Water, water everywhere in Ireland over the past year, not helped by the destructive efforts of Storm Desmond (even forces of nature now come with their own memorable brand-names), who emptied home and business-threatening volumes onto the south west of the country in particular during the last month. But it was the raging torrent of dissent around the supply of our drinking and waste-waters that continued to divide opinion, with some of our more active opposition politicians pouring something far more incendiary than oil on troubled Irish Water, whose cack-handed introduction of charges early in the year left the new utility hopelessly marooned. In the meantime, the company’s PR advisers belatedly drew on some of the methods employed by bottled water manufacturers for decades to try to win hearts and minds, but whether these arguments hold any water with householders across the country remains to be seen.
But certainly the most astonishing and uplifting brand story of all this year surrounded the vote that broadened the meaning of marriage to include that partnership between two people regardless of gender. In 1,201,606-more than a single stroke, Ireland became the first country in the world to approve same-sex marriage by popular vote, in turn signaling to both ourselves and the world that Ireland is becoming a more open and welcoming place. Brand Ireland is likely to benefit in all sorts of ways, not least in becoming a more popular destination for returning emigrants and visitors who previously might have found Ireland an unwelcoming place.
In many ways, that wider transformation in our society was pre-figured in the reassessment of the Panti Bliss character, the drag queen persona of Rory O’Neill and a brand in her own right, who for many years had been cast as a ridiculous figure on the margins of society. O’Neill’s impassioned plea on behalf of the oppressed, delivered in his guise as Panti, made the subsequent debate around equality personal, and introduced a dignity to the pro-equality argument that prompted voters to see past the labels and recognise in their own families, neighbours and friends the people who sought equal rights for all marriage relationships, regardless of gender.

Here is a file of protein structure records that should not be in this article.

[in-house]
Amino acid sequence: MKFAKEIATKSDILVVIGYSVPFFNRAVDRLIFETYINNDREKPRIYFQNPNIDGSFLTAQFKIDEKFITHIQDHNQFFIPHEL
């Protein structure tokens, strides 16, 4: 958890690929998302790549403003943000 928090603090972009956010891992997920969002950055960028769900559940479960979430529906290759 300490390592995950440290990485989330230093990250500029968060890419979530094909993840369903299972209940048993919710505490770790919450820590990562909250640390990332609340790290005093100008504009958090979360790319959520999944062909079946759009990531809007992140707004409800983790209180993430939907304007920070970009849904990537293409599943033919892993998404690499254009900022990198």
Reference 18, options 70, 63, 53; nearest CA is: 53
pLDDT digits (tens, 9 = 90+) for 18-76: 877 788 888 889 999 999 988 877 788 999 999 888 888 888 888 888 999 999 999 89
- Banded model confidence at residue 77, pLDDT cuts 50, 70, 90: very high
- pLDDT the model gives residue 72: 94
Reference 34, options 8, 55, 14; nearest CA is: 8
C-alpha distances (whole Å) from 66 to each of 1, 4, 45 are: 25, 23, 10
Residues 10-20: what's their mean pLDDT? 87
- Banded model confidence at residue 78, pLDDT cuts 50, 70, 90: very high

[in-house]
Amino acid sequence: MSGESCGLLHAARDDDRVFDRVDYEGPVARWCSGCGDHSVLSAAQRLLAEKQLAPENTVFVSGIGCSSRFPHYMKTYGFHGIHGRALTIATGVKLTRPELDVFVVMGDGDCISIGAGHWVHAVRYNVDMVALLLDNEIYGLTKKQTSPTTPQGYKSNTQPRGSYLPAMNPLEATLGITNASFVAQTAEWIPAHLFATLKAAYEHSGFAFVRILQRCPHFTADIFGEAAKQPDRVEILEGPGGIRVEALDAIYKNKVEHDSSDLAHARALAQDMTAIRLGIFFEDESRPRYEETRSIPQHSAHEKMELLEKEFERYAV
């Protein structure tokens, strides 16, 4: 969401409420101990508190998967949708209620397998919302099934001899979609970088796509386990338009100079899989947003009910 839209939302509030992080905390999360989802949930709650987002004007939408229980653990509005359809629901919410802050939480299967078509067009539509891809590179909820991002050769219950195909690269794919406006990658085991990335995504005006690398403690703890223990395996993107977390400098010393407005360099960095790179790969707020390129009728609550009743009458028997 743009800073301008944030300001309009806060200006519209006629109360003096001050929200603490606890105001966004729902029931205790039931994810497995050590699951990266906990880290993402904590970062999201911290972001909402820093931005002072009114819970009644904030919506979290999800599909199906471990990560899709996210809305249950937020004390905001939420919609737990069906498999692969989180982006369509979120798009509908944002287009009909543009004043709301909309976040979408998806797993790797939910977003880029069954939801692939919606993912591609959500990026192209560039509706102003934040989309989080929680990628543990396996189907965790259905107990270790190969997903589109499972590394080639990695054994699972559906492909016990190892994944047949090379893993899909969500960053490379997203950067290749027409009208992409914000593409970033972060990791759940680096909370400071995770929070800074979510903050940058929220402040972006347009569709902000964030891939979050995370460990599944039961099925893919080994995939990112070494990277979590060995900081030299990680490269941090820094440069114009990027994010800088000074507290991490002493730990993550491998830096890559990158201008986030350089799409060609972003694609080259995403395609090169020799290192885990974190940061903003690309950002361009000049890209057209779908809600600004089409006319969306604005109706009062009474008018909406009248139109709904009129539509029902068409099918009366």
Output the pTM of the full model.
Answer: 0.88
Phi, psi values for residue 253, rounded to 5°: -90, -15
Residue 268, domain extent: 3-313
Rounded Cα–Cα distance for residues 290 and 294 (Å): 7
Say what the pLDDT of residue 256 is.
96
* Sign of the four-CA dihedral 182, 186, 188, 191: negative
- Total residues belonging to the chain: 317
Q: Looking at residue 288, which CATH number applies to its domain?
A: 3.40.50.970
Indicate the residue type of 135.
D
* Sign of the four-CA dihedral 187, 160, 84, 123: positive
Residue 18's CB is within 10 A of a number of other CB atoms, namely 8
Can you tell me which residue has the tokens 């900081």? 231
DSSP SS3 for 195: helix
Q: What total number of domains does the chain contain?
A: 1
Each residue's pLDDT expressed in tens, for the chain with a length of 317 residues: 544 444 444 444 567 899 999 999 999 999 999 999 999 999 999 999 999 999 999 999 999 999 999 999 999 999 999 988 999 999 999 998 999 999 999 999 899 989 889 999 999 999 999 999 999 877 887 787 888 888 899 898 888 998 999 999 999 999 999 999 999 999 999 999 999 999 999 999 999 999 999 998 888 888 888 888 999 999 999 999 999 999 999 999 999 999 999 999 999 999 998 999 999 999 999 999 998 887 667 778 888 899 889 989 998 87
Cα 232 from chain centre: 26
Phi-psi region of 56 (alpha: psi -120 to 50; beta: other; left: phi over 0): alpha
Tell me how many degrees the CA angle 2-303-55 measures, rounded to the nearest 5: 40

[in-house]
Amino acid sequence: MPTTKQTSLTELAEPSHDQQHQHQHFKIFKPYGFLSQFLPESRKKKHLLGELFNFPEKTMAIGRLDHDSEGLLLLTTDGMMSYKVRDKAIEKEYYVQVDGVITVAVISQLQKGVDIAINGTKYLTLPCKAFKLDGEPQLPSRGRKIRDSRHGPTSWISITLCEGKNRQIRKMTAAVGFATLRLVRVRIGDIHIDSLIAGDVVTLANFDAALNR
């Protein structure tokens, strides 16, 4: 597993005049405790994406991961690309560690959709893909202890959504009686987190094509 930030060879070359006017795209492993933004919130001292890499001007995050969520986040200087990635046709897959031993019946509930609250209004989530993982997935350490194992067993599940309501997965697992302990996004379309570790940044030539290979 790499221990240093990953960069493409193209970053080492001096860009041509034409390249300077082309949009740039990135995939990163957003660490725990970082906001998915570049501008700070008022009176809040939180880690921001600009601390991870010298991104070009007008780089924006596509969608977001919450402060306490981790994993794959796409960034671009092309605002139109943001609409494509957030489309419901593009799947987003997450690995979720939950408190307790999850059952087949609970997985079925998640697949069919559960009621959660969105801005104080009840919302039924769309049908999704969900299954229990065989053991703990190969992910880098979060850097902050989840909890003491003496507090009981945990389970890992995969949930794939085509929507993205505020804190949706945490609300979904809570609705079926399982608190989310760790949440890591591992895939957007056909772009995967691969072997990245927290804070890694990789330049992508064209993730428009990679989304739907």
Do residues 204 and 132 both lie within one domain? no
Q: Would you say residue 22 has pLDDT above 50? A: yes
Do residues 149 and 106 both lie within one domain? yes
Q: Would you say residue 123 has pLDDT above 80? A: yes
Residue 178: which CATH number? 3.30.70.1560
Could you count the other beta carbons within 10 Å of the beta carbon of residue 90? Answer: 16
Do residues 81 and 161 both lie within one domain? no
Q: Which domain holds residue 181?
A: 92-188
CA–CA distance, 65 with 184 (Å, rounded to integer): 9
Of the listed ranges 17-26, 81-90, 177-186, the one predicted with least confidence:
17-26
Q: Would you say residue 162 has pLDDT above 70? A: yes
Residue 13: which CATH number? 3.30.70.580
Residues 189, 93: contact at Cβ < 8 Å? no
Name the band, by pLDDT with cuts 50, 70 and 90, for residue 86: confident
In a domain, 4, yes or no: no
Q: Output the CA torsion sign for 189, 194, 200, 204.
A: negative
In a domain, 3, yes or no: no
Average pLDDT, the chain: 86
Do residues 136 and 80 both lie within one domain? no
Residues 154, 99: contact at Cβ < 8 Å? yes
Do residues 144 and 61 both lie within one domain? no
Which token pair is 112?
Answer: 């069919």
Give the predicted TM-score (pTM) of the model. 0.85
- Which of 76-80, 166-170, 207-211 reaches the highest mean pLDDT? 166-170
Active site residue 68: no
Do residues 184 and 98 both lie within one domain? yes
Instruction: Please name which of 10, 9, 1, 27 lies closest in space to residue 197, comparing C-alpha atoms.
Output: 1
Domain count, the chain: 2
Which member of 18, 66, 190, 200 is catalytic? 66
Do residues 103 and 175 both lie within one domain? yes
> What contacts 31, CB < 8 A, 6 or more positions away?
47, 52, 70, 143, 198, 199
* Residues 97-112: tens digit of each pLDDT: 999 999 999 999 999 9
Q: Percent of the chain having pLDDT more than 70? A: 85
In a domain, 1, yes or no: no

That his plea was made from the stage of the Abbey Theatre became more poignant than ever when the theatre became embroiled in another equality debate, branded Waking The Feminist, which was sparked by the poverty of female representation amongst the playwrights chosen by the Abbey for its 2016 programme. For the Abbey Theatre, which has staged plays telling the stories of the oppressed since its foundation in 1904 (ironically by a male, WB Yeats, and female, Lady Augusta Gregory), the challenge now is for it to become a brand that represents real equality in every aspect of its performance.
In the US meanwhile, brand Trump has raised its ugly bouffant as a serious contender for the Republican ticket in next year’s Presidential elections. Would-be President Trump appears to be dealing a losing-card to other Trump operations however with recent reports of the Trump-owned Turnberry course being dropped from the British Open rota, whilst the PGA Tour has noted that “Mr. Trump’s comments are inconsistent with our strong commitment to an inclusive and welcoming environment in the game of golf”.
However, another brand that attracted its own share of controversy in 2015, Volkswagon, seems to have accelerated away from the emission scandal that hit the German car-maker earlier this year, with news that sales of the brand are up in Ireland and Germany. Perhaps the deep-seated loyalty that Volkswagon builds into its cars has proved more than able to absorb the shock of a not-insignificant bump in the road? Time will tell.
So a year then when brands home and abroad continued to evolve and the relationships that they offer to us as we make our choice as customers, as voters, and as fans continued to fascinate. And if words fail us in our efforts to describe those relationships, we can now call on a whole range of emojis to help us. It’s official.